Wrong turn leads to tragedy in Mordialloc

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Grim task: A huge crowd gathered around the Mordialloc pier to watch as the car was dragged from the water.

Grim task: A huge crowd gathered around the Mordialloc pier to watch as the car was dragged from the water.

In 1932, two people drowned after their car plunged off the end of Mordialloc pier. The following account is taken from contemporary newspaper reports.

ROYDEN Kennedy Patterson was a wealthy 49-year-old grazier who owned Tammit Station, near Euston, in New South Wales.

He had travelled to Mentone to stay as a guest of his business partner, Selborne Kennon, at his home in Beach Rd, Mentone.

Patterson owned Tammit station in partnership with Kennon. Patterson also was a prominent racehorse owner and with Kennon had the horses David Garrick, Binna, Tammit, Own, and Gudroon.

Mr Patterson had travelled from his property to Mentone on Sunday 31 January 1932. He was joined in Mentone a day later by 40-year-old divorcee Ivy D’Arcy of Swan Hill, who had travelled down with friends and was staying at the nearby Mentone Hotel. Mrs Darcy had left her 18-year-daughter at Swan Hill while she took a holiday.

On the evening of Wednesday 3 February, Patterson borrowed a car from a fellow grazier, Sir H D Leslie who also was staying in Mentone. His intention was to take Mrs D’Arcy for a drive along the bay to Frankston.

On the way back, they met Mr and Mrs Kennon, and Kennon agreed to see Patterson later at Mentone.

When Patterson did not arrive at the Kennon home two or three hours later, Mr Kennon became alarmed. He went to the Mentone Hotel and was told Mrs Darcy had not returned either.

He and Mr Leslie then went to Mordialloc and alerted police, who searched the area. They found wheel tracks leading onto the pier. A sharp-eyed officer saw two abrasions on a plank at the seaward end of the pier that looked like it had been struck by the wheels of a car. The end of the pier was not protected by railings.

In the morning, divers found the car lying on its roof with the hood up and all doors closed in 15-20 feet (4.5-6m) of water near the end of the pier.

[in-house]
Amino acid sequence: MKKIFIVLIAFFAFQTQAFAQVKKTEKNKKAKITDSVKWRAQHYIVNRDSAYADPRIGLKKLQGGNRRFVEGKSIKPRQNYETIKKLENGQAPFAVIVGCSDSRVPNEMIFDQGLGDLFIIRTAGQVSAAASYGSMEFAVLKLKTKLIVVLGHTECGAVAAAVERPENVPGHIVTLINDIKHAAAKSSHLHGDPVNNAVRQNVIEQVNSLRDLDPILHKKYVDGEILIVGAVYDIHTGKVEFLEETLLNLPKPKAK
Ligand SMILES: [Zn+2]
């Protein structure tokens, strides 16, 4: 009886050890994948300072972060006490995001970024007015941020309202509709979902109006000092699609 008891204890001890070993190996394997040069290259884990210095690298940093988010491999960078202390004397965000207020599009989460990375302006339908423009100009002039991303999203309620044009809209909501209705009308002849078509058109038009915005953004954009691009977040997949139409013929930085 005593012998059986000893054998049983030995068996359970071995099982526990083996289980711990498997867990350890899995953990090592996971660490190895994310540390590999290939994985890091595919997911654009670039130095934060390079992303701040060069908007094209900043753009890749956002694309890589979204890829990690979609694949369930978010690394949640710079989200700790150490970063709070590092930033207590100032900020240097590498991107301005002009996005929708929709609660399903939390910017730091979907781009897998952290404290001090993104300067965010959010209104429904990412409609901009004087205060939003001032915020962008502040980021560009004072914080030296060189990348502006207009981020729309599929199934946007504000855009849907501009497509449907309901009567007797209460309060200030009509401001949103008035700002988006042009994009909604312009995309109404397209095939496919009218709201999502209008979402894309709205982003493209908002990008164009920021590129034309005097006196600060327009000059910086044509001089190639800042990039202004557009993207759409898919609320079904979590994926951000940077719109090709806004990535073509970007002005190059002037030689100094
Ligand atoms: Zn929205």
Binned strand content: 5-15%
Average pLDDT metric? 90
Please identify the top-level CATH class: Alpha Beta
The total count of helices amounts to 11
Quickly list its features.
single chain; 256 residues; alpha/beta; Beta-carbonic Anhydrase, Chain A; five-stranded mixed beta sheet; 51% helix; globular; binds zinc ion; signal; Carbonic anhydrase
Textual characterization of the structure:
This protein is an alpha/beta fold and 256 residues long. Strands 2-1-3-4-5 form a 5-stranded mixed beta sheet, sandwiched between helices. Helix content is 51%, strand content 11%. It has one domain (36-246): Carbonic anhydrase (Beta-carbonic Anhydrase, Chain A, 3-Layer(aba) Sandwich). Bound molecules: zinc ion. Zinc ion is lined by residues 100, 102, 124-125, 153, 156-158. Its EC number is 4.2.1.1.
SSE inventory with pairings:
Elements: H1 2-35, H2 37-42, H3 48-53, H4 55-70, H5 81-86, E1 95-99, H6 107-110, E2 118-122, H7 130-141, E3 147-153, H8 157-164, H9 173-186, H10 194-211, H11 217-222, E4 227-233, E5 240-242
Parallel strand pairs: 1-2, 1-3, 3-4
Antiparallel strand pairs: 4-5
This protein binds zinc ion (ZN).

Mr Patterson was dead at the wheel of the car, but there was no sign of Mrs D’Arcy.

It was thought that Mrs Darcy, who was sitting next to Patterson, had either jumped or been swept out of the car when it struck the water.

Her handbag and a beret she had been wearing were in the front seat next to Patterson.

Police speculated her body had been carried out to sea.

Initially, police formed the theory it was a double suicide, but this was soon discounted. Relatives of Mr Patterson confirmed he seemed to be in excellent spirits on the day of his disappearance, and although Mrs Darcy was divorced, there seemed to be no reason for suicide.

Police decided it was an accident. It was thought Mr Patterson mistook the pier for a bridge and continued to drive along it, unaware of impending disaster.

The body of Ivy D’Arcy was washed on to the beach at Carrum near the mouth of Patterson River three days later.

A coronial inquest into the deaths was held on 17 February.

After hearing the evidence of many witnesses, the coroner recorded a finding that Royden Kennedy Patterson and Ivy May D’Arcy accidentally met their deaths off the end of the Mordialloc pier late on the night of 3 February or early 4 February.

Evidence was given that it would have been possible for Mr Patterson – having in error turned to the left off Beach Rd when entering Mordialloc from Carrum late at night – to have driven along the pier not knowing it was a pier.

Sergeant McPhee told the inquest there was a signboard near Beach Rd bearing the words “Keep to the left. One-way traffic”, which was somewhat misleading. He had heard that other cars had been driven onto the pier by mistake at night.

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